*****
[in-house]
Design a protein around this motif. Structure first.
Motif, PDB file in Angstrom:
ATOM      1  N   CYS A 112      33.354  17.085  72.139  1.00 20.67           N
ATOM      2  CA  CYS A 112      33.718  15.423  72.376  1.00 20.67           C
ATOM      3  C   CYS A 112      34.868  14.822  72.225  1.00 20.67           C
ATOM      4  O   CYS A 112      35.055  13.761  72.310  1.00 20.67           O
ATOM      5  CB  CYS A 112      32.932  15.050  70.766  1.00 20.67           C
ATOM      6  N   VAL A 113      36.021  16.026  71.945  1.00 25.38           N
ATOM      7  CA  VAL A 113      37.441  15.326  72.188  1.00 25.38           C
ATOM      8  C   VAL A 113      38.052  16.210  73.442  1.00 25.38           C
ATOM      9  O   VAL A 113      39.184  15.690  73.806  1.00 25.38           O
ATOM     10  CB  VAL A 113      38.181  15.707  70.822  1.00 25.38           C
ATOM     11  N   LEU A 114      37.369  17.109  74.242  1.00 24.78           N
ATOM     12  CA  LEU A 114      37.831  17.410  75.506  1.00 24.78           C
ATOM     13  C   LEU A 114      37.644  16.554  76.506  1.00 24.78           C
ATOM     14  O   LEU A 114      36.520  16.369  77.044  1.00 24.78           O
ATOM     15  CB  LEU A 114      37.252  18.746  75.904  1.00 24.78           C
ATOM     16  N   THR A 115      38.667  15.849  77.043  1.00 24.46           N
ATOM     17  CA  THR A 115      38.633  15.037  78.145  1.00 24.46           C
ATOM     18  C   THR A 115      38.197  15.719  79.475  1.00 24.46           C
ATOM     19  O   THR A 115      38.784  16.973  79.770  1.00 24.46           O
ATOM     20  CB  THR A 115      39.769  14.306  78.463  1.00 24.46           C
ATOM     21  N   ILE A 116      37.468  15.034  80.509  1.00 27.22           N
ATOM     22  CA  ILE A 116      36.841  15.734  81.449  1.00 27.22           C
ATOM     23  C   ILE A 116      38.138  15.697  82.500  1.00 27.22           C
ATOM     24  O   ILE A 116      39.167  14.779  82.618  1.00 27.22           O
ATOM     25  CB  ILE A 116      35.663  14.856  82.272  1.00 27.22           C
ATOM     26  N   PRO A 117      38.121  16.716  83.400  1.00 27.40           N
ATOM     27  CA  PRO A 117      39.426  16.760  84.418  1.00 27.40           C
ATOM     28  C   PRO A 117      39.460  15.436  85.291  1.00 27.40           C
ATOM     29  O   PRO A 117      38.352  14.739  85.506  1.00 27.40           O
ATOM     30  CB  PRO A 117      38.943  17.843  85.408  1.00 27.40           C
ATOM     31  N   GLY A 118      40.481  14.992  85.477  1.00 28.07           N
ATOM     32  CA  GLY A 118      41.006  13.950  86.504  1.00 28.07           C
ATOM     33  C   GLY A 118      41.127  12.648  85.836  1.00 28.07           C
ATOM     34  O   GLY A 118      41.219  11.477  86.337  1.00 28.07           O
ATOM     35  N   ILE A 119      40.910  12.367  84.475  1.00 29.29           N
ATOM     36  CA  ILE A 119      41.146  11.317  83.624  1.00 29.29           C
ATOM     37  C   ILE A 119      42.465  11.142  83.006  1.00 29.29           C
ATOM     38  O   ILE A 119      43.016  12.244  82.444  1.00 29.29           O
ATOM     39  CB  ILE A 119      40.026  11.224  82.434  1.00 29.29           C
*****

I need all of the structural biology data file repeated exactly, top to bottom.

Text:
[in-house]
Design a protein around this motif. Structure first.
Motif, PDB file in Angstrom:
ATOM      1  N   CYS A 112      33.354  17.085  72.139  1.00 20.67           N
ATOM      2  CA  CYS A 112      33.718  15.423  72.376  1.00 20.67           C
ATOM      3  C   CYS A 112      34.868  14.822  72.225  1.00 20.67           C
ATOM      4  O   CYS A 112      35.055  13.761  72.310  1.00 20.67           O
ATOM      5  CB  CYS A 112      32.932  15.050  70.766  1.00 20.67           C
ATOM      6  N   VAL A 113      36.021  16.026  71.945  1.00 25.38           N
ATOM      7  CA  VAL A 113      37.441  15.326  72.188  1.00 25.38           C
ATOM      8  C   VAL A 113      38.052  16.210  73.442  1.00 25.38           C
ATOM      9  O   VAL A 113      39.184  15.690  73.806  1.00 25.38           O
ATOM     10  CB  VAL A 113      38.181  15.707  70.822  1.00 25.38           C
ATOM     11  N   LEU A 114      37.369  17.109  74.242  1.00 24.78           N
ATOM     12  CA  LEU A 114      37.831  17.410  75.506  1.00 24.78           C
ATOM     13  C   LEU A 114      37.644  16.554  76.506  1.00 24.78           C
ATOM     14  O   LEU A 114      36.520  16.369  77.044  1.00 24.78           O
ATOM     15  CB  LEU A 114      37.252  18.746  75.904  1.00 24.78           C
ATOM     16  N   THR A 115      38.667  15.849  77.043  1.00 24.46           N
ATOM     17  CA  THR A 115      38.633  15.037  78.145  1.00 24.46           C
ATOM     18  C   THR A 115      38.197  15.719  79.475  1.00 24.46           C
ATOM     19  O   THR A 115      38.784  16.973  79.770  1.00 24.46           O
ATOM     20  CB  THR A 115      39.769  14.306  78.463  1.00 24.46           C
ATOM     21  N   ILE A 116      37.468  15.034  80.509  1.00 27.22           N
ATOM     22  CA  ILE A 116      36.841  15.734  81.449  1.00 27.22           C
ATOM     23  C   ILE A 116      38.138  15.697  82.500  1.00 27.22           C
ATOM     24  O   ILE A 116      39.167  14.779  82.618  1.00 27.22           O
ATOM     25  CB  ILE A 116      35.663  14.856  82.272  1.00 27.22           C
ATOM     26  N   PRO A 117      38.121  16.716  83.400  1.00 27.40           N
ATOM     27  CA  PRO A 117      39.426  16.760  84.418  1.00 27.40           C
ATOM     28  C   PRO A 117      39.460  15.436  85.291  1.00 27.40           C
ATOM     29  O   PRO A 117      38.352  14.739  85.506  1.00 27.40           O
ATOM     30  CB  PRO A 117      38.943  17.843  85.408  1.00 27.40           C
ATOM     31  N   GLY A 118      40.481  14.992  85.477  1.00 28.07           N
ATOM     32  CA  GLY A 118      41.006  13.950  86.504  1.00 28.07           C
ATOM     33  C   GLY A 118      41.127  12.648  85.836  1.00 28.07           C
ATOM     34  O   GLY A 118      41.219  11.477  86.337  1.00 28.07           O
ATOM     35  N   ILE A 119      40.910  12.367  84.475  1.00 29.29           N
ATOM     36  CA  ILE A 119      41.146  11.317  83.624  1.00 29.29           C
ATOM     37  C   ILE A 119      42.465  11.142  83.006  1.00 29.29           C
ATOM     38  O   ILE A 119      43.016  12.244  82.444  1.00 29.29           O
ATOM     39  CB  ILE A 119      40.026  11.224  82.434  1.00 29.29           C